Oh, this dress. What a mess it was to make. I like the idea of the pattern, the Olya Dress by Paper Theory. The main problem I had with the pattern was very small seam allowances for tricky parts of the garment. Had I not paired this pattern with unravel-y linen from Merchant and Mills, it may have turned out better. I still love the style lines, but this linen was a very poor choice for this pattern. The fabric began to fray after I cut it, and it affected the chest, button-band and collar seams pretty badly.
After I finished it two years, ago, it tore at the button band during its first wear. I was so disappointed that I put it away and didn’t consider looking at it for a year. This spring, I dug it out of the “to fix” pile as it had languished for long enough. I ripped apart the button band, reinforce the edging with zigzag, and re-sewed it together. It had some other problems with the collar attachment that I addressed, too.
This dress has serious “battle scars” and I am disappointed with it, but at least its out of the mending pile! I will consider giving this pattern another try with a more densely-woven fabric.
I made a second Farrow dress. It surprised me that I chose this pattern again because I was so disappointed in my first one. For that one, I underlined the bodice and used hot pink bias tape to finish the seams, so it felt really wacky to wear even though no one else could see it. For my latest version. I used a much more subdued petal pink for the facings which makes it much more cohesive and professional-looking.
This pattern is labeled easy, but I think matching the diagonal seams on the front and back is rather challenging, ESPECIALLY if you use a plaid. This flannel is an unusual fabric match for this dress. Its a strange mix of Puritan fabric and modern style lines. BUT, its very cozy and I’ve worn it nonstop since I finished it.
The pattern specifies faced sleeve hems, which inspired me to add a facing to the dress hem. I also extended the neckline facing to the shoulders so it wouldn’t flop around (pet peeve). I spent a long time lining up the plaids on the four front and four back pieces, and it took forever. Once I got to the sleeves, I lost pattern-matching steam and didn’t do as nice of a job. I have a tiny head so I didn’t need to do the back neck slit, although, to be honest I forgot about that design element until after I sewed on the neck facing. I realized what I had done right after I topstitched, then quickly tried it on over my head to check whether I had some serious unpicking to do.
Nothing like perfectly placed pockets, I notice I am constantly resting my hands in them. The joys we find in 2020.
Here’s what I made with the Pendleton fabric I bought in Portland last year. This pricey wool was intimidating to cut into. After mulling it over for a year, I went for it with the Tessuti Tokyo Jacket. I did not have a lot of wiggle room with yardage, so I had to be picky about where I pattern-matched.
I added some length to the jacket so I could add a more generous hem (2″), and omitted the pockets. I hand-sewed the hem and the inner neckband. Because the fabric is so thick and dense, it was easy to hide the stitches on the right side–I can’t see them at all!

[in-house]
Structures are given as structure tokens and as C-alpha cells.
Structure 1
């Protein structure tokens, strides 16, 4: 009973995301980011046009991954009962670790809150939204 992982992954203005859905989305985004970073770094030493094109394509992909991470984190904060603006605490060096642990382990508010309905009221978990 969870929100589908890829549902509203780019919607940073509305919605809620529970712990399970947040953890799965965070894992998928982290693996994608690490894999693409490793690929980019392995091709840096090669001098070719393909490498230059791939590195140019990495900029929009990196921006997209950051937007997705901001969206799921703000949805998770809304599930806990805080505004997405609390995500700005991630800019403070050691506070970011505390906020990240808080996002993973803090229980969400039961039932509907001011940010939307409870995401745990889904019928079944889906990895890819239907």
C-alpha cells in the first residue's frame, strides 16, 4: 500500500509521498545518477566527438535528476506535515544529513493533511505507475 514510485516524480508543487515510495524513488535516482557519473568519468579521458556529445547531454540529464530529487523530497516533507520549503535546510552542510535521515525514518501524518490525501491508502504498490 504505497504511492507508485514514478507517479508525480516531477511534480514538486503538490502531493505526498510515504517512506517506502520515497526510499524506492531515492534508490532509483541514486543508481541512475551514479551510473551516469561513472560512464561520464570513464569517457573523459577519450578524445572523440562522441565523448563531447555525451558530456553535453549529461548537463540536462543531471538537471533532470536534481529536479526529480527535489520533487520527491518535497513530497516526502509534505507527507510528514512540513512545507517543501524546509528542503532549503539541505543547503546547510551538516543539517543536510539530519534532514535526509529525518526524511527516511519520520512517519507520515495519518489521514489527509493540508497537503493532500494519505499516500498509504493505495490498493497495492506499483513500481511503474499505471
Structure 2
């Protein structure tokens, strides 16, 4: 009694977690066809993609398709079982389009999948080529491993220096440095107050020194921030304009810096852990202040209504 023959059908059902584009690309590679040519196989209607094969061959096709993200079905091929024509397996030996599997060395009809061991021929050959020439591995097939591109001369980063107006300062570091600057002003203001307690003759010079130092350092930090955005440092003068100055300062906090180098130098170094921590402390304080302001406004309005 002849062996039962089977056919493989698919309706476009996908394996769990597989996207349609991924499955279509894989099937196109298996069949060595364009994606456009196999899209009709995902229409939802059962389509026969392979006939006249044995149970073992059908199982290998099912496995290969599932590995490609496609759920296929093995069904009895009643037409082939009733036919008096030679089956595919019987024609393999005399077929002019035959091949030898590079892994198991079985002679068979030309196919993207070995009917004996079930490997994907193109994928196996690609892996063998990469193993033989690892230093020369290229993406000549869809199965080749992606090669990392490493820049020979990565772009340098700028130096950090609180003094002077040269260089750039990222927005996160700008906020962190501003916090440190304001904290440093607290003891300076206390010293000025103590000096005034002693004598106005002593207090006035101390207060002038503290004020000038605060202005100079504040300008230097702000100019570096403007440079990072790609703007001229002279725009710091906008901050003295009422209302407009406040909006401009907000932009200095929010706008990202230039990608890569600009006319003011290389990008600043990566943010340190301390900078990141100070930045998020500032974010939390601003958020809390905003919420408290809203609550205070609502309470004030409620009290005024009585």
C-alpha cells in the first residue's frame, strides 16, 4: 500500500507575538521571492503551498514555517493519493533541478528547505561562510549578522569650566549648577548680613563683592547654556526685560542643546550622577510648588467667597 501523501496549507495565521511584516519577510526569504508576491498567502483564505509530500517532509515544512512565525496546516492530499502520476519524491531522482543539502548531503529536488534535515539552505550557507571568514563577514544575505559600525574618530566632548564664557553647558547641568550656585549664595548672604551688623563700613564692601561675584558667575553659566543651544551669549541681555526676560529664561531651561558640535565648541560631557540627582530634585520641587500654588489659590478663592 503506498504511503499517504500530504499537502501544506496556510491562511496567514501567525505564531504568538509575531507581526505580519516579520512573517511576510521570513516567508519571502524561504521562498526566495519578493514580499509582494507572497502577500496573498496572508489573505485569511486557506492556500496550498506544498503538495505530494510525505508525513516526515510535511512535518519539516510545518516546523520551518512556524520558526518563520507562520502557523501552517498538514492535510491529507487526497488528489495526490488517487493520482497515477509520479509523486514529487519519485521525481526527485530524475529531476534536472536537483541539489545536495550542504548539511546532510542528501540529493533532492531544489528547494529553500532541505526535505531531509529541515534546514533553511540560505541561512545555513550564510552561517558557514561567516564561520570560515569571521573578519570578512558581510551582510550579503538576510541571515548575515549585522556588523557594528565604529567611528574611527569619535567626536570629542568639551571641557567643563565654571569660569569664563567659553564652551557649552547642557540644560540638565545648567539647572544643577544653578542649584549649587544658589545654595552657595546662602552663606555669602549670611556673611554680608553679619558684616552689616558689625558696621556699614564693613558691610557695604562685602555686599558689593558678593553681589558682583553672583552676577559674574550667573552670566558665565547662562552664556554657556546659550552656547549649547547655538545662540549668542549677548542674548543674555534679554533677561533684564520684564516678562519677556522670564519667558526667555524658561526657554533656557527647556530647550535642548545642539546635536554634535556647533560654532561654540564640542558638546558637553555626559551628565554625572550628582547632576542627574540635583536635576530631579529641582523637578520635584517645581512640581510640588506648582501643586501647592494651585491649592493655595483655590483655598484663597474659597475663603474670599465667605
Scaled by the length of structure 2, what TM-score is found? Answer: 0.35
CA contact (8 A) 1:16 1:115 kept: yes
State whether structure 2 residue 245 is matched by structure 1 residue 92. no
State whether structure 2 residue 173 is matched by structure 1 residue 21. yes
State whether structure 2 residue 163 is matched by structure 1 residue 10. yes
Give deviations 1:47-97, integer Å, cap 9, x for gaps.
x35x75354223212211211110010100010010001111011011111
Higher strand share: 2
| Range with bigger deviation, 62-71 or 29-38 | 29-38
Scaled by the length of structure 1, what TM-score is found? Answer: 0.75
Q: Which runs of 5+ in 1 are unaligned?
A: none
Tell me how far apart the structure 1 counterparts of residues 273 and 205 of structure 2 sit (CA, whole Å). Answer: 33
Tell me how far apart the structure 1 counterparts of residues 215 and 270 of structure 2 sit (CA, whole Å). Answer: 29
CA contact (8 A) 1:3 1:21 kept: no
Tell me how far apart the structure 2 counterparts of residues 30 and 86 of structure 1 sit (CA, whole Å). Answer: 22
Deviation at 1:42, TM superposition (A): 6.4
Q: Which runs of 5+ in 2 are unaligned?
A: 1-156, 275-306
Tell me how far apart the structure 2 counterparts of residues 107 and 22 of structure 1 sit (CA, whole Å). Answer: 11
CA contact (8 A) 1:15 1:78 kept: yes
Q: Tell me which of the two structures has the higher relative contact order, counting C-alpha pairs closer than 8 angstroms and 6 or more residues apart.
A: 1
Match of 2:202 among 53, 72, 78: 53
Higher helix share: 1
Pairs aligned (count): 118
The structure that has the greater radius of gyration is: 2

I used a bit of this fabric to make my belt bag last year. While sewing it, I noticed this material is prone to unraveling. To ensure the integrity of these jacket seams, I used a combination of french seams and Hong Kong seams. When I sewed this patternin the past, it was very challenging to sew the french underarm seam’s sharp curve. Knowing this fabric is much thicker than silk, I used Hong Kong seams instead. I thought it would be a fun color pop to use the same finish on the center back seam. I went Bold with the bias tape, because 1. that’s what I had and 2. I think the unexpected pop of sea foam green brightens up the dark print.
Important note: This past April, Elizabeth Suzann decided to close her clothing business. Afterwards, Liz shared some of her most popular patterns in their original form. The internet fulfilled a crowdfunding campaign to convert these patterns to copy-shop PDFs for public download. Here’s a blog post from Yay Stitch that tells the full story and gives credit to the humans who made this happen. Unfortunately, as of last week, the patterns have been taken down and aren’t available right now. I downloaded the files last month while they were still available.
In exchange for downloading these patterns, the organizers ask that if you are able, make a donation to a Black-led organization. I made a donation and encourage you to do the same if you accessed these patterns.
5/6/2021 update: Elizabeth Suzann has relaunched as Elizabeth Suzann Studio, and she has released some sewing patterns for sale. As of now, the Clyde Jumpsuit is not for sale yet.
My last jumpsuit adventure, Roberts Collection, was a bust–it was so bad I didn’t blog about it. I concluded that jumpsuits aren’t for me. Well, when I downloaded these ES patterns in July, the Clyde jumpsuit called to me. I decided to wait a few weeks to see if I still wanted to make it.
So, as you can see, I ended up making the jumpsuit. This weekend, I took a pandemic walk to Mood and found some taupe, drape-y linen. Mood got new carpeting, BTW! I was so pumped to get started that I washed, air-dried and sewed it up in one day.
The Clyde jumpsuit was very straightforward to make. I referenced Not A Primary Color’s tutorial, which was enough for me to get going. I began sewing around 2pm, and finished at 7pm. I immediately put it on, and wore it the rest of the evening. I noticed that it pulled in the crotch when I was sitting on the couch, so I decided to try it on “backwards.” I must admit it fits MUCH better that way. 🤷
For the 2 front and 2 back “center” seams, I used a mock flat felled seam. I finished the raw edges with zig-zag then topstitched them at 3/8″. I considered doing a real flat felled seam, but I had flashbacks to the challenges from my jean jacket and decided against it. If I make this again, I would use french seams and topstitch.
For the crotch and inseam, I used french seams and didn’t topstitch. For the arm and neck binding, I sewed the final seam at 1/2″. For the hem, I turned up 1/2″ then 5/8″. I made a skinny belt out of some scraps, a la What Katie Sews.
We escaped upstate for a long weekend. And, me being me, I made sure we had a few moments to squeeze in a photoshoot of this new skirt/top combo. After quarantining in the city for 3 months, it was amazing to be somewhere else. We went on 2 fire tower hikes and spotted some small snakes (eep!). Upstate New York is glorious in June.